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In trainings, Florida tells teachers that religion belongs in public life

Florida Governor Ron DeSantis announced a new civics education program on Thursday. (Stephen M. Dowell/Orlando Sentinel via AP)

WEST PALM BEACH, Fla. — New civics training for Florida public school teachers comes with a dose of Christian dogma, some teachers say, and they worry that it also sanitizes history and promotes inaccuracies.

Included in the training is the statement that it is a “misconception” that “the Founders desired strict separation of church and state.”

Other materials included fragments of statements that were “cherry-picked” to present a more conservative view of American history, some attendees said. In a possible effort to inoculate some Founding Fathers against contemporary political complaints, some slides in a presentation pointed out that George Washington and Thomas Jefferson repudiated slavery; unsaid is that both men held enslaved people and helped worked toward a Constitution that enshrined the practice.

“My takeaway from the training is that civics education in the state of Florida right now is geared toward pushing some particular points of view,” said Broward County teacher Richard Judd, who attended the three-day training. “The thesis they ran with is that there is no real separation of church and state.”

The First Amendment prevents the government from “respecting an establishment of religion, or prohibiting the free exercise thereof,” which scholars widely interpret to require a separation of church and state.

DeSantis accused textbooks of ‘indoctrination.’ Here’s what he meant.

Gov. Ron DeSantis (R) has made civics teaching a cornerstone of his education policy, and he says he’s fighting back against “woke indoctrination” of students by teachers from kindergarten to colleges.

“We’re unabashedly promoting civics and history that is accurate and that is not trying to push an ideological agenda,” DeSantis said at an event this week.

In Florida, he said, students are “learning the real history, you’re learning the real facts.” DeSantis has signed into law new civics curriculum standards, introduced last year for middle-schoolers, which met with little opposition from teachers, who say they are comprehensive and apolitical.

But the “civics bootcamps” DeSantis launched this summer to instruct teachers on how to implement the curriculum have alarmed many in public schools. Judd said the trainers told teachers, “This is the way you should think.”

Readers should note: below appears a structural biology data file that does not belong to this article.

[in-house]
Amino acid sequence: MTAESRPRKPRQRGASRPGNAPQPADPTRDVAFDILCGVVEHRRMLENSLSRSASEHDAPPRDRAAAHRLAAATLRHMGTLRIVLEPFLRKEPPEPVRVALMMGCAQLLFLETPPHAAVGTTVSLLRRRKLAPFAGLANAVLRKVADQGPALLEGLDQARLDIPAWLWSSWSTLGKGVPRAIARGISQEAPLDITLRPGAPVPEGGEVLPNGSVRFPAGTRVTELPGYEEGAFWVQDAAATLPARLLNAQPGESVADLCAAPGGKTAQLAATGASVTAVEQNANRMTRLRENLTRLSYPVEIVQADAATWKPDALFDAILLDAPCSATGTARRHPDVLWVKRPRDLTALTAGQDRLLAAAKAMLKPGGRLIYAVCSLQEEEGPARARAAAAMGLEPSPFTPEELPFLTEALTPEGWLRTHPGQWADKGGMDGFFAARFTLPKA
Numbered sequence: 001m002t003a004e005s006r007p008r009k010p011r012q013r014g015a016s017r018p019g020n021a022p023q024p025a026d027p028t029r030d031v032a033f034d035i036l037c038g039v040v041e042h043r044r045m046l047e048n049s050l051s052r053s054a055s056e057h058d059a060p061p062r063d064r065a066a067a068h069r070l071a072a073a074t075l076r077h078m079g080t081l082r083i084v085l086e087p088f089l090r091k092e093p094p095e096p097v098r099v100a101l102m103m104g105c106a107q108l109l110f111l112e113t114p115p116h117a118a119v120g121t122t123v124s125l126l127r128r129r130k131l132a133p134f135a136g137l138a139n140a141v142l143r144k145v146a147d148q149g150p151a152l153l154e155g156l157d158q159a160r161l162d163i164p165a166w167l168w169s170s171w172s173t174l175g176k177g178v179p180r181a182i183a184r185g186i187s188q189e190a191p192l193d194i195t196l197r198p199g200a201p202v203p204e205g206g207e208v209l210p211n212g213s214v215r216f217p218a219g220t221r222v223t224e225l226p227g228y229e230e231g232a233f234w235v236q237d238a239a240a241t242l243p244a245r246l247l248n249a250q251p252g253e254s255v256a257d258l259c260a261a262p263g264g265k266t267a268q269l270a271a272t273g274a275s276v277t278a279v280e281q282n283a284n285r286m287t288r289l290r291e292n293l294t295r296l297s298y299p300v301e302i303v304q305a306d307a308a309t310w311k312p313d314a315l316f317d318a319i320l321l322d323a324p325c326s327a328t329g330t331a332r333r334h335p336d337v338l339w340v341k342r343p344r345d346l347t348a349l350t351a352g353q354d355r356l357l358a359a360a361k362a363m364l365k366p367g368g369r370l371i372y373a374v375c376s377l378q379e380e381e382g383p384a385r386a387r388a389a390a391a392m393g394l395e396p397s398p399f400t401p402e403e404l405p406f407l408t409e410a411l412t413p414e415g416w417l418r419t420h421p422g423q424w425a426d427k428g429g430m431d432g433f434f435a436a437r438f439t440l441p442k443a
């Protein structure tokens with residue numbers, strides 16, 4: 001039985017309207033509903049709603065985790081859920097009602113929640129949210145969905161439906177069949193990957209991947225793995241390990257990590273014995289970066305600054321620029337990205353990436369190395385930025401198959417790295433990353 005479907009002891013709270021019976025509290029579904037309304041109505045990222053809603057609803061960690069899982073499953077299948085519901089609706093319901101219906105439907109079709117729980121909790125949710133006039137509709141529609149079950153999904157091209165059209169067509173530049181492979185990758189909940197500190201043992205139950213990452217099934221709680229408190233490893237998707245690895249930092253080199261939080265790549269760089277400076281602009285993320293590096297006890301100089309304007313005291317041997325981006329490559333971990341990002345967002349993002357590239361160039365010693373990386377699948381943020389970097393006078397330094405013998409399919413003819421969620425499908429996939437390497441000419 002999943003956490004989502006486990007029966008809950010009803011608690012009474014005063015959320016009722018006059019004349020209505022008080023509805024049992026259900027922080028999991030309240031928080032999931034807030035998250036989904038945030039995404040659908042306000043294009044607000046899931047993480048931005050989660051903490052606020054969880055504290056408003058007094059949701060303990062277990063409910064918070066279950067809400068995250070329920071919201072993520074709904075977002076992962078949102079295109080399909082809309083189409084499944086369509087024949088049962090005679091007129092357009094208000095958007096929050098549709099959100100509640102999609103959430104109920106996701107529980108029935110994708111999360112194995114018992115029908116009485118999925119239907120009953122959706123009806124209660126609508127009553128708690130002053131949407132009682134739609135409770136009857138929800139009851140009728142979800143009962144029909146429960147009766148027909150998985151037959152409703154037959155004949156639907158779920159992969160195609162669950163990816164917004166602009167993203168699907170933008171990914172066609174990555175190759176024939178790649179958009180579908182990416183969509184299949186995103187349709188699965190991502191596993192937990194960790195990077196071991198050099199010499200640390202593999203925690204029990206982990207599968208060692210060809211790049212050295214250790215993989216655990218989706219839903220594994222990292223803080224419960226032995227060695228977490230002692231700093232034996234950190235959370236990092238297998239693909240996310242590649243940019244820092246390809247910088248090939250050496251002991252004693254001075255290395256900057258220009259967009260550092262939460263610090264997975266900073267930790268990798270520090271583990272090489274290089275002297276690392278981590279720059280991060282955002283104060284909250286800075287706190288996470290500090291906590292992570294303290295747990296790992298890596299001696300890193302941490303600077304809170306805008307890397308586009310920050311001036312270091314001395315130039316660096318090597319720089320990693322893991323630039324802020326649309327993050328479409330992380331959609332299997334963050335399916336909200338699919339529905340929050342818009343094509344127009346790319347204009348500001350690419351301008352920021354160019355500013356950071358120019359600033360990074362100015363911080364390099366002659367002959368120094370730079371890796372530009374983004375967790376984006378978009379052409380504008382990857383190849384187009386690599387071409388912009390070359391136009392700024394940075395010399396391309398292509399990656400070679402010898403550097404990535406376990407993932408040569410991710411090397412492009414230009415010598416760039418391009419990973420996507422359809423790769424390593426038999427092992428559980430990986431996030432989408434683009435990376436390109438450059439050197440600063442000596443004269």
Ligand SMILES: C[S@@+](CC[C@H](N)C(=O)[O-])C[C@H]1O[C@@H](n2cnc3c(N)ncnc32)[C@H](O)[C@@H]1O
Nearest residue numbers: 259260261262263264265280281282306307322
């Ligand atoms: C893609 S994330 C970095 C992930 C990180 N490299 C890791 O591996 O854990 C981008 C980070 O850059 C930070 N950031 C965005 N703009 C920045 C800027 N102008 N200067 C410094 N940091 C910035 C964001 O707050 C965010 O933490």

“One of the insulting assumptions was that we’re all these woke indoctrinators, and so they were presenting a remedy for that,” Judd said.

The training sessions, first reported by the Miami Herald, began last month and will continue through July for teachers who volunteer to take them. While not mandated by the state, they come with a $700 stipend for three-day sessions, with a chance to earn a $3,000 bonus and a “Civics Seal of Endorsement.”

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Anna Fusco, president of the Broward Teachers Union, said she’s glad the state isn’t mandating the training, but that many teachers are signing up to get the stipends. She said union members who attended the training sessions said they were being told to present to students “only one side of history.”

“It was basically, it’s this way or no way, like there’s only one side to American history,” Fusco said. “Then they kind of slipped in a Christian values piece, ignoring the fact that this country is made up of so many different cultures and religions.”

Central Florida Civics teacher Abe Lopez supports DeSantis’s emphasis on civics and the way the governor believes the subject should be taught. DeSantis invited Lopez to speak at his June 30 event announcing improved civics assessment scores among middle-schoolers. Lopez, who was a member of former New Jersey Gov. Chris Christie’s staff, said he was surprised during his first year of teaching last year that his seventh graders knew so little about civics.

“I used this opportunity as a blank slate to help my students understand that their rights are intrinsic and do not come from a man, they do not come from a government. Our rights come from a creator,” Lopez said in his speech. “And once you acknowledge that your rights come from a creator, they can’t be taken away by a man or a government.”

In an interview, Lopez, who was a national committeeman for the Republican National Hispanic Assembly and who in 2020 posted information on Twitter for “Stop the Biden Steal” rallies in Florida, said he keeps politics out of his classroom.

“We need excellence in civics education, and I think Governor DeSantis’s program is a model for the nation,” Lopez said.

Analysis: How Florida Gov. DeSantis is trying to destroy public education